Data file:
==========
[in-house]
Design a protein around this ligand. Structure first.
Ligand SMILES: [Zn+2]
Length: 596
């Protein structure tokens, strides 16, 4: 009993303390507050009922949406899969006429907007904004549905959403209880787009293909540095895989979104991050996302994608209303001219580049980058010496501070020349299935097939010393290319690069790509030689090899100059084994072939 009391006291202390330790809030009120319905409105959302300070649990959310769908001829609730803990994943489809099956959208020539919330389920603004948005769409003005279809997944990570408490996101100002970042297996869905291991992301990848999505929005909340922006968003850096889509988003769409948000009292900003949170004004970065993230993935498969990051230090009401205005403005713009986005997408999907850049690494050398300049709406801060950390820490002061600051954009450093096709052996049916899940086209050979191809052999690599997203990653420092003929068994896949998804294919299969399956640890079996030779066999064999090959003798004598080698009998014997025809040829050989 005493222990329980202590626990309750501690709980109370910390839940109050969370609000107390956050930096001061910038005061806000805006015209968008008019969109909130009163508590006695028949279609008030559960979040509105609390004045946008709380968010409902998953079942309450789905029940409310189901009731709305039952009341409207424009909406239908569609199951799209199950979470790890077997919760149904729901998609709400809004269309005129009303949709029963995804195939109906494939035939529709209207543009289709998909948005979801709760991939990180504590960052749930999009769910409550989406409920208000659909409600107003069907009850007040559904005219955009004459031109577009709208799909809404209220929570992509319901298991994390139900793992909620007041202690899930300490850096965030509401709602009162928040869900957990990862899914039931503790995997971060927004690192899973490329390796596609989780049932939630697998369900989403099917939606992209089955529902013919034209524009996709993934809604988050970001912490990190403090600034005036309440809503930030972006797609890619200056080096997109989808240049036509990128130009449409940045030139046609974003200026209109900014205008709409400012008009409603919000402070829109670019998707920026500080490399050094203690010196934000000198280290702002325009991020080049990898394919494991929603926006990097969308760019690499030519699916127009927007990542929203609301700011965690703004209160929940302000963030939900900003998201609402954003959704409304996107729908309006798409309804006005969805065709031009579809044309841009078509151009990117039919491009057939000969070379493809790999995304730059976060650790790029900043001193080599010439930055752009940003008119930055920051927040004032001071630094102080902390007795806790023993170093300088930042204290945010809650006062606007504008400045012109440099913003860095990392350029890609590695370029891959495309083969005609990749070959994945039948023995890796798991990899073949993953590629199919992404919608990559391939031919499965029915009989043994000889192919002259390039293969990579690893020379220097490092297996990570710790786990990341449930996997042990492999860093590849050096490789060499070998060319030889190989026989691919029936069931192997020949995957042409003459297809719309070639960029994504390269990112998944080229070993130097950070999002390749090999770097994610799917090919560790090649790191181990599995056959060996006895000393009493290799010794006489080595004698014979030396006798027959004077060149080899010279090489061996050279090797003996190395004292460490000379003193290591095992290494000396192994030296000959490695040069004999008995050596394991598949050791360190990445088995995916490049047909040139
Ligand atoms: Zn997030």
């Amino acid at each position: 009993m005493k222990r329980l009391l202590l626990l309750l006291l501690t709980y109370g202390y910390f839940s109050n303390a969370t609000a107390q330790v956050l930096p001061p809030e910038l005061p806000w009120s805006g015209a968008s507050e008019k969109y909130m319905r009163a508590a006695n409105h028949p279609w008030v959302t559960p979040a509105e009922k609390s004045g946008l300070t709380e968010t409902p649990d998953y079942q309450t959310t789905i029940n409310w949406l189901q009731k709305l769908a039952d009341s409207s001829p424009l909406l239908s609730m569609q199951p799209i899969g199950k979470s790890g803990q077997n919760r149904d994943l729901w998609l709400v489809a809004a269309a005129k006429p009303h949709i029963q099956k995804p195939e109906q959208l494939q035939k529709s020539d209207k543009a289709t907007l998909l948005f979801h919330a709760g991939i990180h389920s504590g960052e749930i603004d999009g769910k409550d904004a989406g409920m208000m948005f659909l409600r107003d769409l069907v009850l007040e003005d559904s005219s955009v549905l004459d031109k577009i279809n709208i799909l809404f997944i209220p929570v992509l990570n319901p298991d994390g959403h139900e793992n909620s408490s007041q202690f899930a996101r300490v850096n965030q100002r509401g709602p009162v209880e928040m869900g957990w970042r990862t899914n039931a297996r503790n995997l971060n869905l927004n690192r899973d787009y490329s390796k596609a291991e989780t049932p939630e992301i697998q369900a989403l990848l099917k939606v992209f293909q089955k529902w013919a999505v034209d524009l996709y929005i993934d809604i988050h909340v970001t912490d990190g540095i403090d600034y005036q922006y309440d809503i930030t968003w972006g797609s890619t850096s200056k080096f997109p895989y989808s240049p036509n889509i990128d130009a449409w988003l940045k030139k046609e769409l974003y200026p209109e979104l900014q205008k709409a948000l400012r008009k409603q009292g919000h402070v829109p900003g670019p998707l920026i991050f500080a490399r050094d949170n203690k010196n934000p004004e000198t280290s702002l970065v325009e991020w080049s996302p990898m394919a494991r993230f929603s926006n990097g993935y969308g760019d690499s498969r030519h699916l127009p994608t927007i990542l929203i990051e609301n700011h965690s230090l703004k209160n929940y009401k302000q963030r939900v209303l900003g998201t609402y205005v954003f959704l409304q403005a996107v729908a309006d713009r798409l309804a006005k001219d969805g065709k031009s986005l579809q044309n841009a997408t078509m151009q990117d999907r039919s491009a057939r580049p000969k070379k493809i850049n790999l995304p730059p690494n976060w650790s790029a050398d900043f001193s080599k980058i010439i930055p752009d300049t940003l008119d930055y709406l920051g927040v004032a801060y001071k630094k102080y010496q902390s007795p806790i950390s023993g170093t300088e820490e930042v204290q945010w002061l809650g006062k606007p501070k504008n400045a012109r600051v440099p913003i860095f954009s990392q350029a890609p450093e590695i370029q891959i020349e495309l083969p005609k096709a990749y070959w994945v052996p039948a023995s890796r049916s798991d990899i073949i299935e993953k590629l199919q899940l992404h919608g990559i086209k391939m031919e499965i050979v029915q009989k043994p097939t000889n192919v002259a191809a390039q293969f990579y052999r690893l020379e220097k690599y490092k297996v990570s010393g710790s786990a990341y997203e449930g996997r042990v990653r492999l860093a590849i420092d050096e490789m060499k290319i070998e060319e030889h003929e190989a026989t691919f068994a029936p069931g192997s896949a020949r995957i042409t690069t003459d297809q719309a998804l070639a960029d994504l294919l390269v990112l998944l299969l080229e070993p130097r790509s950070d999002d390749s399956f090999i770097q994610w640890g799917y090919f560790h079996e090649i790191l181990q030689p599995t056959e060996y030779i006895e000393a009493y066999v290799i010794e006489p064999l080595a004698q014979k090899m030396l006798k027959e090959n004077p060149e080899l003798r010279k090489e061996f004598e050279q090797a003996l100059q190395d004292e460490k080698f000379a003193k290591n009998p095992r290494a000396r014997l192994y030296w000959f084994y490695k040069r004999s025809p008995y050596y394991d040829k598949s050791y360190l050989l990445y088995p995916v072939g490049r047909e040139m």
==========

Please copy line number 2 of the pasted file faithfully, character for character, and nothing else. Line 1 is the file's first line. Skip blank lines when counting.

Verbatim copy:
Design a protein around this ligand. Structure first.